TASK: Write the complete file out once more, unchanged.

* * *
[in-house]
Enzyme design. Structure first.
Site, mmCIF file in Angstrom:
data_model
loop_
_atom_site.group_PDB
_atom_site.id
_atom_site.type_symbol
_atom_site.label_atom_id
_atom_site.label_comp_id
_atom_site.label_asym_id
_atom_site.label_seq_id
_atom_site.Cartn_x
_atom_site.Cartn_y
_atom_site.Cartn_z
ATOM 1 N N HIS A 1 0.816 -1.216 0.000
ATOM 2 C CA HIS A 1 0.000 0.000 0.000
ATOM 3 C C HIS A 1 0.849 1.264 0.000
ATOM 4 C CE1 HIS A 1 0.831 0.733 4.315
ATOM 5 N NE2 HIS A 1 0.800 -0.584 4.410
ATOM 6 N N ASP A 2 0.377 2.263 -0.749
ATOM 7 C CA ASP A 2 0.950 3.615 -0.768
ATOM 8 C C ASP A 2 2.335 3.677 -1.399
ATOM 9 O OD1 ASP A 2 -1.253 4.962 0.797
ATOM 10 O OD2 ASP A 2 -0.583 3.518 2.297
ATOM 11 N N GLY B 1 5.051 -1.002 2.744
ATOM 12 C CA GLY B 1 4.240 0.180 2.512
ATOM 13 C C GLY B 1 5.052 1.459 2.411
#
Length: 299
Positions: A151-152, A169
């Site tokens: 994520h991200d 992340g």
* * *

[in-house]
Enzyme design. Structure first.
Site, mmCIF file in Angstrom:
data_model
loop_
_atom_site.group_PDB
_atom_site.id
_atom_site.type_symbol
_atom_site.label_atom_id
_atom_site.label_comp_id
_atom_site.label_asym_id
_atom_site.label_seq_id
_atom_site.Cartn_x
_atom_site.Cartn_y
_atom_site.Cartn_z
ATOM 1 N N HIS A 1 0.816 -1.216 0.000
ATOM 2 C CA HIS A 1 0.000 0.000 0.000
ATOM 3 C C HIS A 1 0.849 1.264 0.000
ATOM 4 C CE1 HIS A 1 0.831 0.733 4.315
ATOM 5 N NE2 HIS A 1 0.800 -0.584 4.410
ATOM 6 N N ASP A 2 0.377 2.263 -0.749
ATOM 7 C CA ASP A 2 0.950 3.615 -0.768
ATOM 8 C C ASP A 2 2.335 3.677 -1.399
ATOM 9 O OD1 ASP A 2 -1.253 4.962 0.797
ATOM 10 O OD2 ASP A 2 -0.583 3.518 2.297
ATOM 11 N N GLY B 1 5.051 -1.002 2.744
ATOM 12 C CA GLY B 1 4.240 0.180 2.512
ATOM 13 C C GLY B 1 5.052 1.459 2.411
#
Length: 299
Positions: A151-152, A169
């Site tokens: 994520h991200d 992340g």